Middletown Alms House

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Middletown Alms House
Middletown CT Alms House (1814).jpg
Middletown Alms House is located in Connecticut
Middletown Alms House
Location 53 Warwick St., Middletown, Connecticut
Coordinates 41°32′56″N 72°39′9″W / 41.54889°N 72.65250°W / 41.54889; -72.65250Coordinates: 41°32′56″N 72°39′9″W / 41.54889°N 72.65250°W / 41.54889; -72.65250
Area 1.3 acres (0.53 ha)
Built 1813-1814
Architect Unknown
Architectural style No style listed
Governing body Private
NRHP Reference # 82003772[1]
Added to NRHP April 29, 1982

The Middletown Alms House is a historic building in Middletown, Connecticut, constructed in 1813-1814. It was originally used as a poorhouse and is the oldest surviving building built for housing the poor in Connecticut, as well as one of the oldest such in the United States.[2]:6 One of the largest structures of the Federal period in Middletown,[citation needed] it was listed on the National Register of Historic Places in 1982.[1]

History[edit]

The Town of Middletown built the Alms House in 1814 to house the town's poor. Many of the people housed there were required to work, either in the Alms House or in a local industrial business.[2]

The building at 53 Warwick Street served as a poorhouse until 1853, when the institution was moved to the Middletown Town Farms facility on Silver Street in the town's South Farms district.[2]

Shortly after, the Hubbard and Curtis Hardware Company occupied the building. This company, which manufactured tools, hardware, and wood-burning stoves, had its principal place of commerce on Main Street (359 Main Street) and manufactured its goods in this building. In the early 20th century, Fred Hodge manufactured valve wheels there. Other occupants have included the Middletown Fire Arms and Specialty Company and the Middletown Rifle Club. By 1981, C.B. Stone Inc., a home heating oil dealer, had occupied the building since the early 1930s.[2] It is currently used for offices.[citation needed]

Description[edit]

The three-and-a-half-story building is constructed in the Federal style and made of brick with Flemish bond and a brownstone foundation with an asphalt shingle roof. The architect and builder are unknown. A graphic depiction on an 1825 map indicates that the building was originally embellished by a segmental arch over the entrance door and a classical cupola.[2] A central, slightly projecting, pavilion is still discernible. The building has a structural system of load-bearing masonry with a gable roof.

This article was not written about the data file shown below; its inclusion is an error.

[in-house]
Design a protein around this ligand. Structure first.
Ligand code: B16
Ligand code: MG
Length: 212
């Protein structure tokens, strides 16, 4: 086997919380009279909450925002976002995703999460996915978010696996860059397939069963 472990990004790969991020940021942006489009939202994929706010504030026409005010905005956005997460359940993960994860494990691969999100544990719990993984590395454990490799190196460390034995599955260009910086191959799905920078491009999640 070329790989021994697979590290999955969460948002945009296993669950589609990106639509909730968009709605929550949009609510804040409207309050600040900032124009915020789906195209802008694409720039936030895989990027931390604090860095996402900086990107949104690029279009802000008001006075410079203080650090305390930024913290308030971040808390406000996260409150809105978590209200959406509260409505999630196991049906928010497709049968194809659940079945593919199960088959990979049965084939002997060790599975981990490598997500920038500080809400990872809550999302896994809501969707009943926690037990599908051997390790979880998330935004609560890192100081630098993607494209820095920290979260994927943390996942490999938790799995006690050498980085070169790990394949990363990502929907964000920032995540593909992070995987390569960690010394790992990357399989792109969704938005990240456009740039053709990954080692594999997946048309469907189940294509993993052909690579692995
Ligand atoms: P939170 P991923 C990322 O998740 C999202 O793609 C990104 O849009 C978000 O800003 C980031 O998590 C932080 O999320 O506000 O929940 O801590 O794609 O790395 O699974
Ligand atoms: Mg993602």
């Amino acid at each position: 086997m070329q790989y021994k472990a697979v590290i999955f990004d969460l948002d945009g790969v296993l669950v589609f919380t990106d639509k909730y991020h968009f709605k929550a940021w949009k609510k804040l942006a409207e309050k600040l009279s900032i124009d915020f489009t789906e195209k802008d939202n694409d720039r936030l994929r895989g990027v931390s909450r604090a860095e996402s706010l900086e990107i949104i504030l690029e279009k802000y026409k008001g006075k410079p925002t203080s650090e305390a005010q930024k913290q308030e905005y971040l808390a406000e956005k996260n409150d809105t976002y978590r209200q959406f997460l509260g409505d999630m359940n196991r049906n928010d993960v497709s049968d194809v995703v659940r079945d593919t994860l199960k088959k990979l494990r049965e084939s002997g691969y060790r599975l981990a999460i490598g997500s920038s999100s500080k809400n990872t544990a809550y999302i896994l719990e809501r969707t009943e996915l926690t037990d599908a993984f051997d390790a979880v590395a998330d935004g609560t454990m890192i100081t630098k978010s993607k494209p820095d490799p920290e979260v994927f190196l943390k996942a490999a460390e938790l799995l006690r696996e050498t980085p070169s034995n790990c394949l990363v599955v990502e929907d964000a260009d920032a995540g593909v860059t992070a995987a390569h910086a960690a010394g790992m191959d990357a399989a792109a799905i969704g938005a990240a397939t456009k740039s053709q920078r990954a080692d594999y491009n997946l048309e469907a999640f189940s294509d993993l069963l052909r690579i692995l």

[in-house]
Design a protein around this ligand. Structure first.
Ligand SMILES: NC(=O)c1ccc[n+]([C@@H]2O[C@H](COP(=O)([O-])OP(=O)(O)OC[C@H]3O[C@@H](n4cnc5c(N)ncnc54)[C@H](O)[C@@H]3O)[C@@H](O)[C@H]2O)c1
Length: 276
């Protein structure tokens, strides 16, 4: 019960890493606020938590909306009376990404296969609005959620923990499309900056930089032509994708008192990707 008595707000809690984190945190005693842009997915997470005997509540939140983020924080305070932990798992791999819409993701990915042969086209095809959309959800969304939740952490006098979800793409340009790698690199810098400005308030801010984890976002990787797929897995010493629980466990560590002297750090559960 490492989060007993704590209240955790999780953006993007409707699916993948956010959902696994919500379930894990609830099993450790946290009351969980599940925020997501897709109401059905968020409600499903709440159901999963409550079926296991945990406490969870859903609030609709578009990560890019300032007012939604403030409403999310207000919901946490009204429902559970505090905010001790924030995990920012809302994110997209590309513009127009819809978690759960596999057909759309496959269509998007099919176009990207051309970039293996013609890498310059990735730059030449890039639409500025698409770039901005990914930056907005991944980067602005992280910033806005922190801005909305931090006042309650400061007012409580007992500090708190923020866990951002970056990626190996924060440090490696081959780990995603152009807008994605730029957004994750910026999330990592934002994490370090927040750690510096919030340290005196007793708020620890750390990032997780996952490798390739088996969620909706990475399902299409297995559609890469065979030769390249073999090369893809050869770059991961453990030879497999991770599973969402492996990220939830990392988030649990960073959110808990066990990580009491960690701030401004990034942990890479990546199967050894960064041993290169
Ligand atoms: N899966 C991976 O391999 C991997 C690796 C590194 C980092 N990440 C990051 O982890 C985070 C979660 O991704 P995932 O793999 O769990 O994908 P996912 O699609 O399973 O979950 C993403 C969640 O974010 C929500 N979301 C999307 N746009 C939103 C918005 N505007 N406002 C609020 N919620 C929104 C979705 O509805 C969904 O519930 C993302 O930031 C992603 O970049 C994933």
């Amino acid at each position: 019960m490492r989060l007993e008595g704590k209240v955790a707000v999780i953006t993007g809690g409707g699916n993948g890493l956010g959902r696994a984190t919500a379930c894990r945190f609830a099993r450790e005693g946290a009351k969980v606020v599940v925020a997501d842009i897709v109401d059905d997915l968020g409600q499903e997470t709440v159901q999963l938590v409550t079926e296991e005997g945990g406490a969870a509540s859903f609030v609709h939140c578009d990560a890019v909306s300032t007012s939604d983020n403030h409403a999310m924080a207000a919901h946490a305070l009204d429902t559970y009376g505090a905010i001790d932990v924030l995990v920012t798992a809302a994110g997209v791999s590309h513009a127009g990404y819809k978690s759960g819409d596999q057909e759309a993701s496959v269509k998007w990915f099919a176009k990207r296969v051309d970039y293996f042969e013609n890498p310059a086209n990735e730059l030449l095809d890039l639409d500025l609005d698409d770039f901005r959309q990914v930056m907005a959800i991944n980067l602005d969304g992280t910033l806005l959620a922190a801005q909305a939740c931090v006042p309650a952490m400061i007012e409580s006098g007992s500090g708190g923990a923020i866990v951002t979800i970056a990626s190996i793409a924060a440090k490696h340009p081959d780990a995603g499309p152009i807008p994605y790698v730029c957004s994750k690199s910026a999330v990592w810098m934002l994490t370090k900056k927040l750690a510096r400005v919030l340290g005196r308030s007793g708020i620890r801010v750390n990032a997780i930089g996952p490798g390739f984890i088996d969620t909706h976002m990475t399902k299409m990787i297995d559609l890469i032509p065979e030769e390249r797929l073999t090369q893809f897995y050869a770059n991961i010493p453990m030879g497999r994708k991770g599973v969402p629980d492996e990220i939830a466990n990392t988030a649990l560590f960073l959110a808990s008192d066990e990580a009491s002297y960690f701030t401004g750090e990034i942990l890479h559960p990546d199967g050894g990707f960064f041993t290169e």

Located to the north on the premises, facing Warwick Street, is a late-Victorian brick residence. This substantial structure, once owned by Mayor Leo B. Santangelo, displays intricate stickwork on the veranda, and decorative brickwork, and is in relatively original condition. The southeast section of this structure is supported by large brownstone blocks. These blocks are the remains of a jail which was built on the Alms House grounds in 1846. It was a small facility, containing only twelve cells, with the principal jail being in Haddam.

This structure, which faces north, sits on a 1.3 acres (0.53 ha) lot on the south side of residential Warwick Street. It is set back from the road behind two late-19th-century houses.[2] A large oak tree to the west shades it.[citation needed]

References[edit]

  1. ^ a b "National Register Information System". National Register of Historic Places. National Park Service. 2009-03-13. 
  2. ^ a b c d e f J. Paul Loether and Janice Cunningham (August 6, 1981). "NRHP Inventory-Nomination: Middletown Alms House / C.B. Stone,Inc.". National Park Service.  and Accompanying eight photos

Middletown, Connecticut Historical and Architectural Resources. Volume IV, Card Number 276. Elizabeth Loomis. September, 1978.